Empower Foreward and Introduction
As an educational system, we need to pay closer attention to how we are using the time our students have with us. We need to rethink what we want our students to get out of this time. Do we want them to spend 6.5 hours per day copying notes, filling out worksheets, listening to others talk, and being compliant? Or would we rather them spend much of that time exploring their interests, taking charge of their learning, creating meaningful projects and artifacts, interacting with their peers, and developing life-long skills that permeate outside the walls of their 7th grade math classroom (my subject)? For me, the answer is simple.
Don't be fooled - I'm not saying this is easy. But there are always ways that we can inspire our students to be creative and innovative. For me, I'm currently having my students design their own project to demonstrate their knowledge of Ratios and Proportional Reasoning. I started my project by leading my students through the design thinking process, where I forced them to think deeply not about the mathematical content, but about their experiences with projects. I wanted them to think about what they feel makes a good project and what doesn't. I want them to think about ways they can express their learning that go "outside the box". And then I give them the time to do so.
This is the second time I've run a project like this. When I first did it in the fall of 2017, I was worried. I was worried that my students wouldn't be interested. I was worried by students would miss the mark. I was worried the project would fail. But I tried anyways. And guess what - it worked; somewhat. I had some groups that took the "easy" way out and created a Kahoot or Quizizz to play with the class. I had some groups create comics and music videos or scavenger hunts. I had some groups that did a great job at demonstrating their mathematical knowledge, and some groups that focused too much on the "flash" and not enough on the content. But the bottom line is that we all learned something. We learned how to integrate real-life experiences and mathematical content. We learned how to manage our time. We learned how to self-evaluate. We learned skills that transfer outside of the walls of our math classroom and into all aspects of life. And the best part? Now that we're into the second project of this type, I haven't had one student ask me, "how is this graded?" It isn't their focus. The learning and the authentic demonstration of knowledge is.
Easily the proudest moment I had with this project - and maybe in my teaching career - was with my group that made their own "business". They decided to have a bake sale and to present on the math needed to run their "bakery". At first I thought they were going to create a fake business. But then they shared with me their plans to have an actual bake sale. Outside of school. All of their own organizing. To be clear, I had no involvement in the planning of this bake sale. That credit goes these students and their very dedicated and supportive parents who did whatever they could to help their children take charge of their own learning. The ran the bake sale at a local business on a Friday afternoon and raised $150 profit, and donated it all to the local animal shelter.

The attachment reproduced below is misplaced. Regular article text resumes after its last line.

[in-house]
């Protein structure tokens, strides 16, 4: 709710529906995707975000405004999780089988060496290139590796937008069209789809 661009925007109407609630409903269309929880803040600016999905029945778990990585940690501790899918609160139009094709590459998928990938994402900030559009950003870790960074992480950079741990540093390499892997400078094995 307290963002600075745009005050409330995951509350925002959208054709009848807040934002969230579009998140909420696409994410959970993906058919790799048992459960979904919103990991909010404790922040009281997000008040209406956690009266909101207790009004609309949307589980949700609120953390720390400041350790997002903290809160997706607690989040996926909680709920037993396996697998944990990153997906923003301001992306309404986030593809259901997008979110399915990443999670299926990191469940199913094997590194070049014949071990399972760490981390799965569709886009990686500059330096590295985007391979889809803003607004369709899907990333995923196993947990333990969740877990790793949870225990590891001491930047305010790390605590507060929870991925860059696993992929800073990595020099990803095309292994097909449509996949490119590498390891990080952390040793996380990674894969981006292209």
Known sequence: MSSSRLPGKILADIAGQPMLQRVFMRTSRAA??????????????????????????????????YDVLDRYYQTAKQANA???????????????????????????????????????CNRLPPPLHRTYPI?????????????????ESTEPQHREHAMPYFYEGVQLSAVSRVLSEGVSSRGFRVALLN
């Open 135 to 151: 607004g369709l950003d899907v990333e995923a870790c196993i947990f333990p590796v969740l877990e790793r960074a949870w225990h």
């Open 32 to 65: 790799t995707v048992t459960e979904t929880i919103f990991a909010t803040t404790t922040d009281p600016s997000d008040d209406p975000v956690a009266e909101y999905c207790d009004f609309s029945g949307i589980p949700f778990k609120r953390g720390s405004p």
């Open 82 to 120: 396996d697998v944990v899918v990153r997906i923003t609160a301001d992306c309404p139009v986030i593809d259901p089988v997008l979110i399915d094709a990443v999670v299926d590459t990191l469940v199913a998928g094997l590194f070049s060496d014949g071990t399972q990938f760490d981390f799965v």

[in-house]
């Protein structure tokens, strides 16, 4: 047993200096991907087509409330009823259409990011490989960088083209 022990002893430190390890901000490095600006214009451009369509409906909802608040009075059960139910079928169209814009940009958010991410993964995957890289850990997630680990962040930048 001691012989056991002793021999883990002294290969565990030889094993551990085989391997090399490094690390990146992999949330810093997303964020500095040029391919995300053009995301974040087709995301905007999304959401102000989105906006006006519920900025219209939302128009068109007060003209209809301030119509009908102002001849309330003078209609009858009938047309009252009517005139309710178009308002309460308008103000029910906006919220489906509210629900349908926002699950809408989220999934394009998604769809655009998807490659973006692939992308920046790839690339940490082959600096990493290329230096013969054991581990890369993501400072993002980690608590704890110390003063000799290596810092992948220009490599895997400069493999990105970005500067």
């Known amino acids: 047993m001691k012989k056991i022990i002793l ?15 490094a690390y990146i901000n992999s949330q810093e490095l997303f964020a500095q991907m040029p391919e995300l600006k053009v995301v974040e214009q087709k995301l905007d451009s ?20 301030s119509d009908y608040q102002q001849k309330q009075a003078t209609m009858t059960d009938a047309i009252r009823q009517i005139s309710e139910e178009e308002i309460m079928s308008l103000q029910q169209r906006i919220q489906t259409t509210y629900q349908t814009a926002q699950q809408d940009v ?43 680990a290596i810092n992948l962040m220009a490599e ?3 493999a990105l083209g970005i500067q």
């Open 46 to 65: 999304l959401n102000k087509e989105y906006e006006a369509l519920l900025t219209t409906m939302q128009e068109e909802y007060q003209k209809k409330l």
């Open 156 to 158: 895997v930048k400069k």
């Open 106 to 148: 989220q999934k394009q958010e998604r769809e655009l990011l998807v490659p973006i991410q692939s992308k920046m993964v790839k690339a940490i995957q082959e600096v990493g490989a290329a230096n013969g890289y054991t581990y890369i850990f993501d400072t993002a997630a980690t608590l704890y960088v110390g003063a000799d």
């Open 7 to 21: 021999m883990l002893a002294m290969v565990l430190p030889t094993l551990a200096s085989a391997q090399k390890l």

If you want to talk about students being empowered and applying their interests, I don't think you can get much better than this. Did they have the perfect project? No. They could have explained their math better. But did they learn something? Yes, absolutely. And to me, that's all that matters. They took their interests and applied it to their learning. To me, that's empowerment. (Side note: this same group is currently working on another interest problem where they're surveying classmates about their choices in soda and chocolate to demonstrate knowledge with proportional reasoning. I'm excited to see how this turns out!)
Empowering your students isn't easy, and it doesn't happen overnight. I still have a long way to go in working out more and better ways to empower my students. But the important part is that you try. It doesn't have to be perfect to start. Just try, and see where it takes you. I promise, you won't be disappointed.
I'm at it again. In the fall, I (tried to) participate in the Innovator's Mindset Massive Open Online Course, and I did, to some degree. I got read The Innovator's Mindset in it's entirety, attended/viewed the recordings of multiple live sessions, and participated in some of the Twitter chats. What I didn't do very well was keep up with the blog postings. So, that's my goal this time around - one blog post per week.
I'm participating in season 4 by (re)reading Empower by John Spencer and A.J. Juliani. For me, this was one of the best educational books I've had the opportunity to read, and many of my colleagues said the same. The brilliance in Empower is it's simplicity. It isn't filled with theory, jargon, or expansive text. Instead, it's filled with success stories, tangible ideas, and positivity. I read it over the course of a few days, most of the reading taking place on the plane ride on the way to a conference. I've been able to take some of those ideas and implement them in my classroom this year. I'm looking forward to re-experiencing the message of this book and gaining some motivation for the remainder of the school year.
I'm extremely excited to go through #IMMOOC again and connect with educators across the country. This has been one of the best professional learning opportunities for me and has helped me to greatly expand my PLN, and I can't wait to see all the amazing ideas and thoughts that come out of season 4.